Since you’re now bouncing all your drum tracks prior to mixing, you might as well go the whole hog and render everything else in your projects as audio, too. This is actually good practise for a couple of reasons beyond just taking the strain off your CPU. First, converting virtual instrument tracks to audio for mixing kills the temptation to fiddle endlessly with sounds that you should have largely settled on by that point in the production process. And second, rendering every channel dry (with faders at unity) and/or ’as mixed’ at the very end of a project creates a future-proof archive of it that you can return to for remixing years later, without worrying about plugin obsolescence or compatibility issues.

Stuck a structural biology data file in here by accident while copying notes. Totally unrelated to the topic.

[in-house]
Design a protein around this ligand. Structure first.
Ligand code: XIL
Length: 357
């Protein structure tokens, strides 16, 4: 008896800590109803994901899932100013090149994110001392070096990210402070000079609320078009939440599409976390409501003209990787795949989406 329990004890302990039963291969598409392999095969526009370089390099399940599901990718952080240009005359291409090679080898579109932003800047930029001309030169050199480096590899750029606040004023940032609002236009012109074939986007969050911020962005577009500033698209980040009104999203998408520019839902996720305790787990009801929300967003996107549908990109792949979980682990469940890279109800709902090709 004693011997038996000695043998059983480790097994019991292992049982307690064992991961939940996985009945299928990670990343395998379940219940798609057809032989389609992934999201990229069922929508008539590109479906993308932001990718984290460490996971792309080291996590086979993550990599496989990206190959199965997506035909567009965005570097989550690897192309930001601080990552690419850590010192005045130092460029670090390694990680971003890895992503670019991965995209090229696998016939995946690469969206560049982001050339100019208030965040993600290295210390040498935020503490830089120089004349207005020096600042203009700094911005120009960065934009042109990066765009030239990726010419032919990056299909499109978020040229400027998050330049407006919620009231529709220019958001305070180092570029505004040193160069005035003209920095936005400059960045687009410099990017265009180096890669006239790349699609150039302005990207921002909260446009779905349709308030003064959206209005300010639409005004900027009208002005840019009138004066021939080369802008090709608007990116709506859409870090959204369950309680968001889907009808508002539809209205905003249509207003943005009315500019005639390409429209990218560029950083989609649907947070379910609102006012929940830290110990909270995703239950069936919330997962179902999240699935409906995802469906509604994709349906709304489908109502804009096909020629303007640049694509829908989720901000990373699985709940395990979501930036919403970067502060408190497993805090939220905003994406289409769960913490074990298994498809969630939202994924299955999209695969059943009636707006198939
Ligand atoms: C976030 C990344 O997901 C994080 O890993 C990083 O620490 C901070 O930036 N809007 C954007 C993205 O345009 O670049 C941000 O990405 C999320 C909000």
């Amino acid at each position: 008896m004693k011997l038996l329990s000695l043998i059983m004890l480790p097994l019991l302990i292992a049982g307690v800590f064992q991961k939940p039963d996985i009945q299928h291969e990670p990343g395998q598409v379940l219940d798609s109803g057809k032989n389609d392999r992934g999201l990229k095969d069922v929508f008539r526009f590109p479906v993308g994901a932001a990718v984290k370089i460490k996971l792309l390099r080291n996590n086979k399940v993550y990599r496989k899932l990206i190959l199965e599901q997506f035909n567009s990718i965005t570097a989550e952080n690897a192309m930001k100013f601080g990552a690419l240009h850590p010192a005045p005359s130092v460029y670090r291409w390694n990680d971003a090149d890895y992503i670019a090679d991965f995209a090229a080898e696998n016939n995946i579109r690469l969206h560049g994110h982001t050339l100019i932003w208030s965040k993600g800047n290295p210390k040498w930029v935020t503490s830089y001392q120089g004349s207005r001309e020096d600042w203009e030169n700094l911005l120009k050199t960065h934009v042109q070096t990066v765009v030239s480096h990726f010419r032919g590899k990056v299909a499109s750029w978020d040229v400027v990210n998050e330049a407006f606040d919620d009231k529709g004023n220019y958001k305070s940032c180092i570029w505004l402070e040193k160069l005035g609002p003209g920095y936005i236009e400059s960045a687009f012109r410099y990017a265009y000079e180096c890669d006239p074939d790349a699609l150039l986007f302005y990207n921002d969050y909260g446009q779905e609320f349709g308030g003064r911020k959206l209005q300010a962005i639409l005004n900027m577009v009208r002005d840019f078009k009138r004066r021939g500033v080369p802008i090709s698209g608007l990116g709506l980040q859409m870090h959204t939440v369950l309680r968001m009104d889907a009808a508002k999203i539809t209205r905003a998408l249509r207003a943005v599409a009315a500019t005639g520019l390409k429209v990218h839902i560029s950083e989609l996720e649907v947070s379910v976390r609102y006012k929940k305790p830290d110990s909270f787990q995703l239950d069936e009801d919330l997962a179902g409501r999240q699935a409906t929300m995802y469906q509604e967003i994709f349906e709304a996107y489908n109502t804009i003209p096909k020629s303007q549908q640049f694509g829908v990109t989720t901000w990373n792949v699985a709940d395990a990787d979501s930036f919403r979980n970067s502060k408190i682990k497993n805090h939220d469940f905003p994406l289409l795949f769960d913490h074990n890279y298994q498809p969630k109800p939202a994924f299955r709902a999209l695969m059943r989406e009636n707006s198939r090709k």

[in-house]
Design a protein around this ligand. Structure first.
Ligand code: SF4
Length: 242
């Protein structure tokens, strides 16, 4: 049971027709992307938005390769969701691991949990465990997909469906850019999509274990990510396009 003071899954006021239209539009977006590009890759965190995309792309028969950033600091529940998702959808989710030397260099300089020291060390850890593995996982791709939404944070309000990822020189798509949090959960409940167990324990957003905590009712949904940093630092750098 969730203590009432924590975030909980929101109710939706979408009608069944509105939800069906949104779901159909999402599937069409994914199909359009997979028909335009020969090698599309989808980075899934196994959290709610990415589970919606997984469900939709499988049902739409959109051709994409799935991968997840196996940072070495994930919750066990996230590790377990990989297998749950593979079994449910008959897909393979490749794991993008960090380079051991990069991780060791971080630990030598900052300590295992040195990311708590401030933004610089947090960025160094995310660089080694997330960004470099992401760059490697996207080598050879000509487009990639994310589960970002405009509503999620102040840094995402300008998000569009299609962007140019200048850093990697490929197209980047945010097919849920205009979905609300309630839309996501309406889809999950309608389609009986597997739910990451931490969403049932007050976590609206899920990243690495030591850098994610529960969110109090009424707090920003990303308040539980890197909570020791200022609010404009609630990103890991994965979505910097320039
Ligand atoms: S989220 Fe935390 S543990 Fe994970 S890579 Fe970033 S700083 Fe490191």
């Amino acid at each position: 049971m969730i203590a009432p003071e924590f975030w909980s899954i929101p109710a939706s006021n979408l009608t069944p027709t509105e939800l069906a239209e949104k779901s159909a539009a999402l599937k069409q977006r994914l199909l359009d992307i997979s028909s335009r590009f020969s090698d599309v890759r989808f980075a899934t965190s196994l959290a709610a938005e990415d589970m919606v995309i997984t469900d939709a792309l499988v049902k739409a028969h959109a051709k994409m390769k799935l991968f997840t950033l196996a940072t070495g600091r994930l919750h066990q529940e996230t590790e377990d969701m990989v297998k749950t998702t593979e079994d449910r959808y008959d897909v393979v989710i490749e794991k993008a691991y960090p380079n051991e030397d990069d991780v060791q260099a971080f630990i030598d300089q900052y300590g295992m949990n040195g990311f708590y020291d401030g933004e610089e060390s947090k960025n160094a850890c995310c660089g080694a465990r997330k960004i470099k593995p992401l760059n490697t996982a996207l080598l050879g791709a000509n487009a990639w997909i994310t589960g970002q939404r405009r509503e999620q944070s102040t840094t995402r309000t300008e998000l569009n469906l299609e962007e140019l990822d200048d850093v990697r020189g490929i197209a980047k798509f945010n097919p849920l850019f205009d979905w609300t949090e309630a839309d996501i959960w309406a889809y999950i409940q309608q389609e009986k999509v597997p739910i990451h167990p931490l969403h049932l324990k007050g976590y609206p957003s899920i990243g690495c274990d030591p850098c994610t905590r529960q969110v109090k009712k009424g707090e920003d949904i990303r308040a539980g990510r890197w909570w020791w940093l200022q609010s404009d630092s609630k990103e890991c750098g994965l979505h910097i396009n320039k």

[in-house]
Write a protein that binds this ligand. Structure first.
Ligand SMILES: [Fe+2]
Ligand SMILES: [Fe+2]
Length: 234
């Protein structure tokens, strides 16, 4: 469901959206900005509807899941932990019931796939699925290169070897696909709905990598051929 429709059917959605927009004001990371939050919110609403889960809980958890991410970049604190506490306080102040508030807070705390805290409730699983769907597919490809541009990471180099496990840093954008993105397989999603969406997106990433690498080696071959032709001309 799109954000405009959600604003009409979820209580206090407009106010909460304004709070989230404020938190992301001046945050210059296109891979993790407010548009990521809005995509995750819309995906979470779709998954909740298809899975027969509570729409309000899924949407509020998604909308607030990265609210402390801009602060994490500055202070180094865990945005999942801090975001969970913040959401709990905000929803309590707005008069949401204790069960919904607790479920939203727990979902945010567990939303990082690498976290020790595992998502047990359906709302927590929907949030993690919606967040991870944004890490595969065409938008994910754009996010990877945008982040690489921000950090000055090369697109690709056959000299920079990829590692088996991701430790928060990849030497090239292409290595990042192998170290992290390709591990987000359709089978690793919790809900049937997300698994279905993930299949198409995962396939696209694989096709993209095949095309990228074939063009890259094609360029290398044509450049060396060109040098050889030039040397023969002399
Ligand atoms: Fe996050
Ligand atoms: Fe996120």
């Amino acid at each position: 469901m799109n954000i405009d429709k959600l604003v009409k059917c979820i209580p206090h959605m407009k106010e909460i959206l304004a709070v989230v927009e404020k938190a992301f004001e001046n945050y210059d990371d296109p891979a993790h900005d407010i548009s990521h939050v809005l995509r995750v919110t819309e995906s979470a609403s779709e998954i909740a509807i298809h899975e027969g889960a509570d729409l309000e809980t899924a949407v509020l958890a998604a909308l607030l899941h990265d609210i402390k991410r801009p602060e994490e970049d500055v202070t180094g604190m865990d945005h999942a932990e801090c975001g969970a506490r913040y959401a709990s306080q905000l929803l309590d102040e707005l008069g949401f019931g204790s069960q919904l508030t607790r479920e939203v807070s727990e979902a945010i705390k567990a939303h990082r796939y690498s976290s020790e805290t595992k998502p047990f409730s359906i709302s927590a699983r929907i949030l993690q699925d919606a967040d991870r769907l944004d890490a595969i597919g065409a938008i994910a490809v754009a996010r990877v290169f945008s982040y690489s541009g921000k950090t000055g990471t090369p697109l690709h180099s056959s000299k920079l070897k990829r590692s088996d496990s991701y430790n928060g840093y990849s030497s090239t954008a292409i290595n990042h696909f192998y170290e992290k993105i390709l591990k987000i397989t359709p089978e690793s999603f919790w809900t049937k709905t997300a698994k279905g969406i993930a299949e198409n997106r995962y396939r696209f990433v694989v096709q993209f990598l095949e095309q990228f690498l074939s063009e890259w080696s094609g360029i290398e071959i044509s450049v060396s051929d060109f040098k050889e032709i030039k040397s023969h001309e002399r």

I wish I had rendered tracks with effects to save with old projects. I didn’t. Re-visiting them is hard to do since “things change”.
My current practice is to make a new “alternative” to my project and bounce all the tracks in place. This gets me tracks, buses, and stems. If I want to re-visit the mix I just open the penultimate alternative and get to work.